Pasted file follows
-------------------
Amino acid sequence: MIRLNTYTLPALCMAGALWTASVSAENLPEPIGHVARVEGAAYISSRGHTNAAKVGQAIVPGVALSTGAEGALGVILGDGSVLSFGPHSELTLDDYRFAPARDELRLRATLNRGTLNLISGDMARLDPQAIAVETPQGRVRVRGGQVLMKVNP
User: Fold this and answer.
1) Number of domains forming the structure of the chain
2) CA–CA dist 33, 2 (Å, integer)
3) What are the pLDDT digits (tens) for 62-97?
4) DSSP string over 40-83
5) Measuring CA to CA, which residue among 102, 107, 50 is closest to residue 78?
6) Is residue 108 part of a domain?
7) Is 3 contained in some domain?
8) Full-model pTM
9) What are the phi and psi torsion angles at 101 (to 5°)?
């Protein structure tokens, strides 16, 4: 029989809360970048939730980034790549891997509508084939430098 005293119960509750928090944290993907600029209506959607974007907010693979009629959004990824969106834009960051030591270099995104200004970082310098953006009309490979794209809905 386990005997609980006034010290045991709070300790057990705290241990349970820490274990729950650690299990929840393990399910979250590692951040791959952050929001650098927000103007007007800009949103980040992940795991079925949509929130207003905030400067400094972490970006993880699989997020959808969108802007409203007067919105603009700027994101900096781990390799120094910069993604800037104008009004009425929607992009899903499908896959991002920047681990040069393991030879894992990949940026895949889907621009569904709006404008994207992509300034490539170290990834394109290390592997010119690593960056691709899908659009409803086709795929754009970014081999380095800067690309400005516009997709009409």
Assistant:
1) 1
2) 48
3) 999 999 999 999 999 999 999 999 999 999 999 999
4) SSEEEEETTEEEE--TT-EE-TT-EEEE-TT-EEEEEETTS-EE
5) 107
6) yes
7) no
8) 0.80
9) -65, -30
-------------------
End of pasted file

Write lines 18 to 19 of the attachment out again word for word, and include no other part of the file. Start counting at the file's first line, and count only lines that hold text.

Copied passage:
5) 107
6) yes